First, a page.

Lord Whitty: Current Transport Policy and Programme guidance to local authorities states that they should properly plan and provide for walking and cycling. The issue will be addressed in forthcoming guidance, now in preparation, on the production of the new local transport plans in England and Wales, and local transport strategies in Scotland. This guidance will emphasise that authorities should give higher priority than in the past to the needs of pedestrians and cyclists in the development of their local transport plans and strategies. They will be expected to demonstrate in their documents that they have a coherent strategy for encouraging walking and cycling.

Local authorities will be expected to use the frameworks for action provided by the National Cycling Strategy and the forthcoming Walking Strategy document, to help inform their decision making and financial planning processes.

Greater London Authority: Location

Lord Graham of Edmonton asked Her Majesty's Government:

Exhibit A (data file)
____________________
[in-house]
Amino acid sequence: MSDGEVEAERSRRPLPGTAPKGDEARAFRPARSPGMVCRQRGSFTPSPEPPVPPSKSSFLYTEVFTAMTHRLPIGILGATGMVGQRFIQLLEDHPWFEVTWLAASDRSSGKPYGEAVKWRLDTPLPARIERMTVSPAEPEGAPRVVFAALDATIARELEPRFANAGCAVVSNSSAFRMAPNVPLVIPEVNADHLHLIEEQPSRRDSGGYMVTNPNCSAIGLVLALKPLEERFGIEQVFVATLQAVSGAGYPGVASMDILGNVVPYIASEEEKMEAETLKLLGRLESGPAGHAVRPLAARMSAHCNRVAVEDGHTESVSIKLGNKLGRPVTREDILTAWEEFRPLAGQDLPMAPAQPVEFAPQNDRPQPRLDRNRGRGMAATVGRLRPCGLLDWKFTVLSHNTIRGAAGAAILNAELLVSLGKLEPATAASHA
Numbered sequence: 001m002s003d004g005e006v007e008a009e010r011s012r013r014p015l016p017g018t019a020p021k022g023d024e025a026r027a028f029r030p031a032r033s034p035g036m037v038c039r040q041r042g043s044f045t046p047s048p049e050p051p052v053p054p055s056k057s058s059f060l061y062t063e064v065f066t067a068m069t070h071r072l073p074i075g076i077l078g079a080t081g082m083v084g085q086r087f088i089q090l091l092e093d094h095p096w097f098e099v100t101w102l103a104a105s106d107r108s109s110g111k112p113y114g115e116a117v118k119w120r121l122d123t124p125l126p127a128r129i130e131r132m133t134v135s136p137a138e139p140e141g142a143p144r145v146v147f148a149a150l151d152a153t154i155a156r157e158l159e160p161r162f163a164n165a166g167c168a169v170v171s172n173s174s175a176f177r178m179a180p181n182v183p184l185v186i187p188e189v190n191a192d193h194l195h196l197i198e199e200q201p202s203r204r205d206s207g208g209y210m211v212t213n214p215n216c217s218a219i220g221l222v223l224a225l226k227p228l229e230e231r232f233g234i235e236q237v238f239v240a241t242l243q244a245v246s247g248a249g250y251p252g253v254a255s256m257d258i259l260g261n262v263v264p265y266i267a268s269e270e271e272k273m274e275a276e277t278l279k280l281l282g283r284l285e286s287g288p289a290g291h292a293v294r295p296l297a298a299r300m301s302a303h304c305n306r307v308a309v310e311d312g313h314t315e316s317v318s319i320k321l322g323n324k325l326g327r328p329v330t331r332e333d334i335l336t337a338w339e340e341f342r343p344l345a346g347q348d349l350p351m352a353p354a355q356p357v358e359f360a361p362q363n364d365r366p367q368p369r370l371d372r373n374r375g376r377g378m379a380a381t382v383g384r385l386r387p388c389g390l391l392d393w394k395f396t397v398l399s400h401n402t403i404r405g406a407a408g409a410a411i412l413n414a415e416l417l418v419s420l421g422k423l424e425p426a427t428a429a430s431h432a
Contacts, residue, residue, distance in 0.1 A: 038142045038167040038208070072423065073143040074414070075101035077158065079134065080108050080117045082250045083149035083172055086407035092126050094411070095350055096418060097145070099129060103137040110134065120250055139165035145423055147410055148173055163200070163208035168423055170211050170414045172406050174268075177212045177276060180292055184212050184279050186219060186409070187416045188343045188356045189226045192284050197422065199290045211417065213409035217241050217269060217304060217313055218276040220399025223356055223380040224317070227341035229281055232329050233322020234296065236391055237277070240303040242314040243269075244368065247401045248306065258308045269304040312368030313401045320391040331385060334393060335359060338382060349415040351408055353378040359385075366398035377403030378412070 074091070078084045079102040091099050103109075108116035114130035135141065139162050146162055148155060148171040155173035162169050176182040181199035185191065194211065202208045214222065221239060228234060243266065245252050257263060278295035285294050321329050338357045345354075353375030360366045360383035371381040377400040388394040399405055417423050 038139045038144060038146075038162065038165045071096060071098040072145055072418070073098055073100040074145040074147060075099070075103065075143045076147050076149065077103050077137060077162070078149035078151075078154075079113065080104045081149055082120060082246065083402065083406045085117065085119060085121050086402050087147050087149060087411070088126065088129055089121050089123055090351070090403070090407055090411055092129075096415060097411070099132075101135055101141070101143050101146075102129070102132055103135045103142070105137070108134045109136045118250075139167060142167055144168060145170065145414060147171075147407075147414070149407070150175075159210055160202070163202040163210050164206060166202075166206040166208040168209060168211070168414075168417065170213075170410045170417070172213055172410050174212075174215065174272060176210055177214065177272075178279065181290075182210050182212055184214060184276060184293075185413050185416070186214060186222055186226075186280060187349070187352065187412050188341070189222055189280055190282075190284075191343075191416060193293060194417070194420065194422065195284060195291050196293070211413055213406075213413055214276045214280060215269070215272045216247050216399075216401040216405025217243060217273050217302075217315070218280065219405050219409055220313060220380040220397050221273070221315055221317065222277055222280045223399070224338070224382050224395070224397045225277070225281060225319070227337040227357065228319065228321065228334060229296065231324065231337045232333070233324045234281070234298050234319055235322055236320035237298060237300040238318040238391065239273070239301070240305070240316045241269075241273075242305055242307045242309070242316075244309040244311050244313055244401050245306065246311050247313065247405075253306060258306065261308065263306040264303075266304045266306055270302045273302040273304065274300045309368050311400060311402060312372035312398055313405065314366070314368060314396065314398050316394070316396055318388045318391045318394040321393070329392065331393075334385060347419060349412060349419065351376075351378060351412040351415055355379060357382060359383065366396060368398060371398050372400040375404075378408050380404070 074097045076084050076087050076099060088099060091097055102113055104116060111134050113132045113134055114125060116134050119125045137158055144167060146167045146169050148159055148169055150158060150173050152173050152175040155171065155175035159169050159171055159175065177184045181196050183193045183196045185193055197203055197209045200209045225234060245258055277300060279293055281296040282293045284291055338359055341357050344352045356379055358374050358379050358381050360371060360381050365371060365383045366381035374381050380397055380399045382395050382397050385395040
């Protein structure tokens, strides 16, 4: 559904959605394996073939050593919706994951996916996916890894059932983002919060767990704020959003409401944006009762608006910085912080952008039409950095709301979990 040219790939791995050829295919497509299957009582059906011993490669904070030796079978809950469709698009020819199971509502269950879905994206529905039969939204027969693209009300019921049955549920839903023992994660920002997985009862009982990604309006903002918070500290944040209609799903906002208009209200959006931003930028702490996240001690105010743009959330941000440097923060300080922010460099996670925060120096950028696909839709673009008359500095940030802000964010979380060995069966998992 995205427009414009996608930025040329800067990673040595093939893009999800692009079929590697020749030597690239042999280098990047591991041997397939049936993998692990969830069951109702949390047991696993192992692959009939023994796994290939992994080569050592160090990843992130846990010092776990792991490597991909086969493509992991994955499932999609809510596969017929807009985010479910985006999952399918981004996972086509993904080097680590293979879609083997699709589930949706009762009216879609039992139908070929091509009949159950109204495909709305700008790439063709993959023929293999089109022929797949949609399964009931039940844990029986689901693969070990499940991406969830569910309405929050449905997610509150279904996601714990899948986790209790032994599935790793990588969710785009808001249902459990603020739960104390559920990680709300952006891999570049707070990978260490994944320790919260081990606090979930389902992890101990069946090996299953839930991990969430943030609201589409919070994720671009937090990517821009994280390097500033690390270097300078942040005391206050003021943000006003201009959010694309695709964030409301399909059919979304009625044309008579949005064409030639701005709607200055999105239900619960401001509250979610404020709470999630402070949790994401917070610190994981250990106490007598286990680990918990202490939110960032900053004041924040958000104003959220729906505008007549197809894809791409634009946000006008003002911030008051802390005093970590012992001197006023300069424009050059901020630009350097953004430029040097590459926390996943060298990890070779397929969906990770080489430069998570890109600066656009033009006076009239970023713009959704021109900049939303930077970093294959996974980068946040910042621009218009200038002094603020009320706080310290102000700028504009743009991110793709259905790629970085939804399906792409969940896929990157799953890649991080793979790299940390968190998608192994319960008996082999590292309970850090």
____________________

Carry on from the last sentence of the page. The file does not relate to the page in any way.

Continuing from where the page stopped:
Which of the seven locations currently being considered will provide accommodation for the Greater London Authority.[HL3526]

Lord Whitty: Following a detailed assessment of the initial proposals for our seven short-listed buildings and

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sites, we have selected two first-class options to study further. These are:

    London Bridge City, SE1--a new building to be constructed on the site between Tower Bridge and London Bridge on the South Bank of the River Thames; and

    Victoria House in Bloomsbury Square, WC1--a major refurbishment of an existing building first constructed in the 1920s.